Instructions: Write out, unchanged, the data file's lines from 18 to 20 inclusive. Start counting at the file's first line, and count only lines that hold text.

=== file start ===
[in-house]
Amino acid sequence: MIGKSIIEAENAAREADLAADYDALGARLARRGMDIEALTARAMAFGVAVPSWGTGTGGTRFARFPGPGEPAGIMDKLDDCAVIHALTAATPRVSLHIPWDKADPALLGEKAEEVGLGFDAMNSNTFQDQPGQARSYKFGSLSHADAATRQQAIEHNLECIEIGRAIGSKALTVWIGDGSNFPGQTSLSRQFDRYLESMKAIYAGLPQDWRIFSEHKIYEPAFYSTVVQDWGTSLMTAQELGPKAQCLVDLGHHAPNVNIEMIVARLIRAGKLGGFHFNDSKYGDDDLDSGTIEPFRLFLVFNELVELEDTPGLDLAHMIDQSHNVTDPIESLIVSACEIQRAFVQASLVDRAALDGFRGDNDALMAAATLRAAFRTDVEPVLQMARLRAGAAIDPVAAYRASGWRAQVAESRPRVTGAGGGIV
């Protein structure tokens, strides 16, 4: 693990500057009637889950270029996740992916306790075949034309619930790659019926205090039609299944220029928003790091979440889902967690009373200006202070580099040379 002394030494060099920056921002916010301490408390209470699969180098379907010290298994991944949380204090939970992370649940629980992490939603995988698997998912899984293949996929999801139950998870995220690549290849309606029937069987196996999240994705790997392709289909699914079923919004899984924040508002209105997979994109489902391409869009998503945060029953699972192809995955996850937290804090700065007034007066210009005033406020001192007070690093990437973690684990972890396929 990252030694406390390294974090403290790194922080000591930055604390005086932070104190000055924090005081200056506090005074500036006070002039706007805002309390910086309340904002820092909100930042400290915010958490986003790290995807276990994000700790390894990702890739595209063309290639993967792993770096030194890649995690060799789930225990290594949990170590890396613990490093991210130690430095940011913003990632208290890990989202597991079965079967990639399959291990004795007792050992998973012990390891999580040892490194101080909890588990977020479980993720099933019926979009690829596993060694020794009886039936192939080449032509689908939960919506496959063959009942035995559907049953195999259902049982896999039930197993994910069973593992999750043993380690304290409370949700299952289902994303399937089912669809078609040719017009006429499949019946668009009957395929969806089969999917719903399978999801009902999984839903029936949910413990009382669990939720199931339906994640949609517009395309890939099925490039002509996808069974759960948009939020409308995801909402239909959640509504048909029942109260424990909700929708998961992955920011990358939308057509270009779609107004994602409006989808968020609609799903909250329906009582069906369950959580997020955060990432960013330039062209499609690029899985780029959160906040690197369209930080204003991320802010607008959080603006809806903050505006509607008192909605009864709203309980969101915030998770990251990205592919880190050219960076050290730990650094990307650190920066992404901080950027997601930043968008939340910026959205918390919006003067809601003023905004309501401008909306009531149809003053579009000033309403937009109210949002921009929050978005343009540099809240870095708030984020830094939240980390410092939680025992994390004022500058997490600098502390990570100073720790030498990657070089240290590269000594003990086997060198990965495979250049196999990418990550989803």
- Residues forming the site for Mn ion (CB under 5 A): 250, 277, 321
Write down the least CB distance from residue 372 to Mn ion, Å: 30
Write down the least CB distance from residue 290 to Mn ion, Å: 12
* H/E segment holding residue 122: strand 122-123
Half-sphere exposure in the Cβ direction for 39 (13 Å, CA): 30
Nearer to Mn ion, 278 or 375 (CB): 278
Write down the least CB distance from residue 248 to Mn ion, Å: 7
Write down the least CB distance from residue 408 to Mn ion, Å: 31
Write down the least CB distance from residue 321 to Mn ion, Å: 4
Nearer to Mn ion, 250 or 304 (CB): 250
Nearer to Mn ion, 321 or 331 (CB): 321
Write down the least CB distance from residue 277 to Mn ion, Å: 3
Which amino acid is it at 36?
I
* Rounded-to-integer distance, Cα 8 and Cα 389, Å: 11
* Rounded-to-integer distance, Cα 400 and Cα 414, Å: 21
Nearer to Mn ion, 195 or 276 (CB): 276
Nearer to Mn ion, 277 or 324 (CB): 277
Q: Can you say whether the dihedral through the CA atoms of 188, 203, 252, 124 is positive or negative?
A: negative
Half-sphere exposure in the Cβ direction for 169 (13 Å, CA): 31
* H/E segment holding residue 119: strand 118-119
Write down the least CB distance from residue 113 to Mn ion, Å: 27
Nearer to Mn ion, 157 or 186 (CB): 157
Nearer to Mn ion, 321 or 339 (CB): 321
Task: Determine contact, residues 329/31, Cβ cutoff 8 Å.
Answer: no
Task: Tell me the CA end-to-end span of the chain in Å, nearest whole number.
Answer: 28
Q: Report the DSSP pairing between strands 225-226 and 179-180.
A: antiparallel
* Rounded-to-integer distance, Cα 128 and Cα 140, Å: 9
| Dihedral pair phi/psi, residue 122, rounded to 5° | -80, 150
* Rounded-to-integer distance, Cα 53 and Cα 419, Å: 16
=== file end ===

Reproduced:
* Rounded-to-integer distance, Cα 8 and Cα 389, Å: 11
* Rounded-to-integer distance, Cα 400 and Cα 414, Å: 21
Nearer to Mn ion, 195 or 276 (CB): 276